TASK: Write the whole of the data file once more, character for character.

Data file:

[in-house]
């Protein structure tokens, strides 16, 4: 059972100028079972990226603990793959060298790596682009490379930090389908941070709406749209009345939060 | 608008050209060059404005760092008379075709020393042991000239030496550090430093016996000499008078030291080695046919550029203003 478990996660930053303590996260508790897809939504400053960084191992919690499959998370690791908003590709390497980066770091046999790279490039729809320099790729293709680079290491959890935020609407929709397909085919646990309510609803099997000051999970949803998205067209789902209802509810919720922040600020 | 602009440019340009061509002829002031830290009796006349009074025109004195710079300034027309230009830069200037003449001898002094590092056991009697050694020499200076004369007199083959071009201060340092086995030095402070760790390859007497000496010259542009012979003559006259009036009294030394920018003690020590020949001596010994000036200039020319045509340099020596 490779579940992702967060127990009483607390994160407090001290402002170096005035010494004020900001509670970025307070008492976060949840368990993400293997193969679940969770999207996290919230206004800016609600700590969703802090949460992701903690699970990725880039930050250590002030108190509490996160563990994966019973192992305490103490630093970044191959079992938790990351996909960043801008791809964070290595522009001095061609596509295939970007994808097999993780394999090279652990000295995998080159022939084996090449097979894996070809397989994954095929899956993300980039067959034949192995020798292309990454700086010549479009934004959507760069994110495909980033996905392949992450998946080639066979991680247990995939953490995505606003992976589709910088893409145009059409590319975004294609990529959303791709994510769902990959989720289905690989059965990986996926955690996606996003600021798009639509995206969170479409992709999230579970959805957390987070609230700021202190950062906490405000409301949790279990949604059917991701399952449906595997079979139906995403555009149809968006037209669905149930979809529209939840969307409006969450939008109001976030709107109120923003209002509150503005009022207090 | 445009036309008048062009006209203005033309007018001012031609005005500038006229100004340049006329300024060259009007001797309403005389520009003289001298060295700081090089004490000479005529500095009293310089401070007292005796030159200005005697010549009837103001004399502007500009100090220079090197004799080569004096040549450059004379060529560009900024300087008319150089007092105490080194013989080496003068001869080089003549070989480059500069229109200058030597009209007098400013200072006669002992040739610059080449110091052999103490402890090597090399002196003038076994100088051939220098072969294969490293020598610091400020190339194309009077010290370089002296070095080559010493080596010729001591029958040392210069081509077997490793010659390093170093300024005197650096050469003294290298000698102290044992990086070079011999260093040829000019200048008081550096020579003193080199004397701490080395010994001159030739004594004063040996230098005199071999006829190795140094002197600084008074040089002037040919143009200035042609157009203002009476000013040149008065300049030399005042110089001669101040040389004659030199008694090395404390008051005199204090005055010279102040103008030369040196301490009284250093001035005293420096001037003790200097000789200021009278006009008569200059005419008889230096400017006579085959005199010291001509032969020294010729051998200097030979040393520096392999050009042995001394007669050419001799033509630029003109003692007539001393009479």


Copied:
[in-house]
């Protein structure tokens, strides 16, 4: 059972100028079972990226603990793959060298790596682009490379930090389908941070709406749209009345939060 | 608008050209060059404005760092008379075709020393042991000239030496550090430093016996000499008078030291080695046919550029203003 478990996660930053303590996260508790897809939504400053960084191992919690499959998370690791908003590709390497980066770091046999790279490039729809320099790729293709680079290491959890935020609407929709397909085919646990309510609803099997000051999970949803998205067209789902209802509810919720922040600020 | 602009440019340009061509002829002031830290009796006349009074025109004195710079300034027309230009830069200037003449001898002094590092056991009697050694020499200076004369007199083959071009201060340092086995030095402070760790390859007497000496010259542009012979003559006259009036009294030394920018003690020590020949001596010994000036200039020319045509340099020596 490779579940992702967060127990009483607390994160407090001290402002170096005035010494004020900001509670970025307070008492976060949840368990993400293997193969679940969770999207996290919230206004800016609600700590969703802090949460992701903690699970990725880039930050250590002030108190509490996160563990994966019973192992305490103490630093970044191959079992938790990351996909960043801008791809964070290595522009001095061609596509295939970007994808097999993780394999090279652990000295995998080159022939084996090449097979894996070809397989994954095929899956993300980039067959034949192995020798292309990454700086010549479009934004959507760069994110495909980033996905392949992450998946080639066979991680247990995939953490995505606003992976589709910088893409145009059409590319975004294609990529959303791709994510769902990959989720289905690989059965990986996926955690996606996003600021798009639509995206969170479409992709999230579970959805957390987070609230700021202190950062906490405000409301949790279990949604059917991701399952449906595997079979139906995403555009149809968006037209669905149930979809529209939840969307409006969450939008109001976030709107109120923003209002509150503005009022207090 | 445009036309008048062009006209203005033309007018001012031609005005500038006229100004340049006329300024060259009007001797309403005389520009003289001298060295700081090089004490000479005529500095009293310089401070007292005796030159200005005697010549009837103001004399502007500009100090220079090197004799080569004096040549450059004379060529560009900024300087008319150089007092105490080194013989080496003068001869080089003549070989480059500069229109200058030597009209007098400013200072006669002992040739610059080449110091052999103490402890090597090399002196003038076994100088051939220098072969294969490293020598610091400020190339194309009077010290370089002296070095080559010493080596010729001591029958040392210069081509077997490793010659390093170093300024005197650096050469003294290298000698102290044992990086070079011999260093040829000019200048008081550096020579003193080199004397701490080395010994001159030739004594004063040996230098005199071999006829190795140094002197600084008074040089002037040919143009200035042609157009203002009476000013040149008065300049030399005042110089001669101040040389004659030199008694090395404390008051005199204090005055010279102040103008030369040196301490009284250093001035005293420096001037003790200097000789200021009278006009008569200059005419008889230096400017006579085959005199010291001509032969020294010729051998200097030979040393520096392999050009042995001394007669050419001799033509630029003109003692007539001393009479």